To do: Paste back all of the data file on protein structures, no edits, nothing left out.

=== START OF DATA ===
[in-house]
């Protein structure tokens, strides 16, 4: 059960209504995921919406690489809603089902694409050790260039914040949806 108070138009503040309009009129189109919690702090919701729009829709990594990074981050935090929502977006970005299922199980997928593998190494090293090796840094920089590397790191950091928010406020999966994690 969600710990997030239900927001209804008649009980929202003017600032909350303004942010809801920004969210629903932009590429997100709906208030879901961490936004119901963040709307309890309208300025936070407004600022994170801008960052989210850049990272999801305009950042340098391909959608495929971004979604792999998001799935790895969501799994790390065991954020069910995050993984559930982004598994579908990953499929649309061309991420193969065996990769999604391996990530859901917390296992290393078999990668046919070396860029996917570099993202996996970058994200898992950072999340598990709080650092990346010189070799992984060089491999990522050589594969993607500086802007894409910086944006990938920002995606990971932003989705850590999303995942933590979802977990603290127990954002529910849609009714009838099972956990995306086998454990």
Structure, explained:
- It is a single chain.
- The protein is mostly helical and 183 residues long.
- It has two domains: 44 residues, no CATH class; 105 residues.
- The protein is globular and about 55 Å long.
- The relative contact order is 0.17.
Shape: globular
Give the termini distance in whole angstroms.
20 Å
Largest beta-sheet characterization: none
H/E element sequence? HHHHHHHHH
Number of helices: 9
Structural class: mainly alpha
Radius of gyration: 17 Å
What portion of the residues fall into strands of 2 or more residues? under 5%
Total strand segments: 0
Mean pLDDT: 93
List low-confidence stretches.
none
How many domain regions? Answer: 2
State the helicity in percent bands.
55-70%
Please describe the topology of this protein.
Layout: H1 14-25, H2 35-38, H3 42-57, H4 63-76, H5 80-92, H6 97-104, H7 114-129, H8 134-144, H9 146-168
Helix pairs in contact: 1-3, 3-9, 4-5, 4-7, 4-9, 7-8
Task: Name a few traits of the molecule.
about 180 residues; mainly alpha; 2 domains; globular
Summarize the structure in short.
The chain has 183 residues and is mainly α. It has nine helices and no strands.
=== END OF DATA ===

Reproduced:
[in-house]
């Protein structure tokens, strides 16, 4: 059960209504995921919406690489809603089902694409050790260039914040949806 108070138009503040309009009129189109919690702090919701729009829709990594990074981050935090929502977006970005299922199980997928593998190494090293090796840094920089590397790191950091928010406020999966994690 969600710990997030239900927001209804008649009980929202003017600032909350303004942010809801920004969210629903932009590429997100709906208030879901961490936004119901963040709307309890309208300025936070407004600022994170801008960052989210850049990272999801305009950042340098391909959608495929971004979604792999998001799935790895969501799994790390065991954020069910995050993984559930982004598994579908990953499929649309061309991420193969065996990769999604391996990530859901917390296992290393078999990668046919070396860029996917570099993202996996970058994200898992950072999340598990709080650092990346010189070799992984060089491999990522050589594969993607500086802007894409910086944006990938920002995606990971932003989705850590999303995942933590979802977990603290127990954002529910849609009714009838099972956990995306086998454990």
Structure, explained:
- It is a single chain.
- The protein is mostly helical and 183 residues long.
- It has two domains: 44 residues, no CATH class; 105 residues.
- The protein is globular and about 55 Å long.
- The relative contact order is 0.17.
Shape: globular
Give the termini distance in whole angstroms.
20 Å
Largest beta-sheet characterization: none
H/E element sequence? HHHHHHHHH
Number of helices: 9
Structural class: mainly alpha
Radius of gyration: 17 Å
What portion of the residues fall into strands of 2 or more residues? under 5%
Total strand segments: 0
Mean pLDDT: 93
List low-confidence stretches.
none
How many domain regions? Answer: 2
State the helicity in percent bands.
55-70%
Please describe the topology of this protein.
Layout: H1 14-25, H2 35-38, H3 42-57, H4 63-76, H5 80-92, H6 97-104, H7 114-129, H8 134-144, H9 146-168
Helix pairs in contact: 1-3, 3-9, 4-5, 4-7, 4-9, 7-8
Task: Name a few traits of the molecule.
about 180 residues; mainly alpha; 2 domains; globular
Summarize the structure in short.
The chain has 183 residues and is mainly α. It has nine helices and no strands.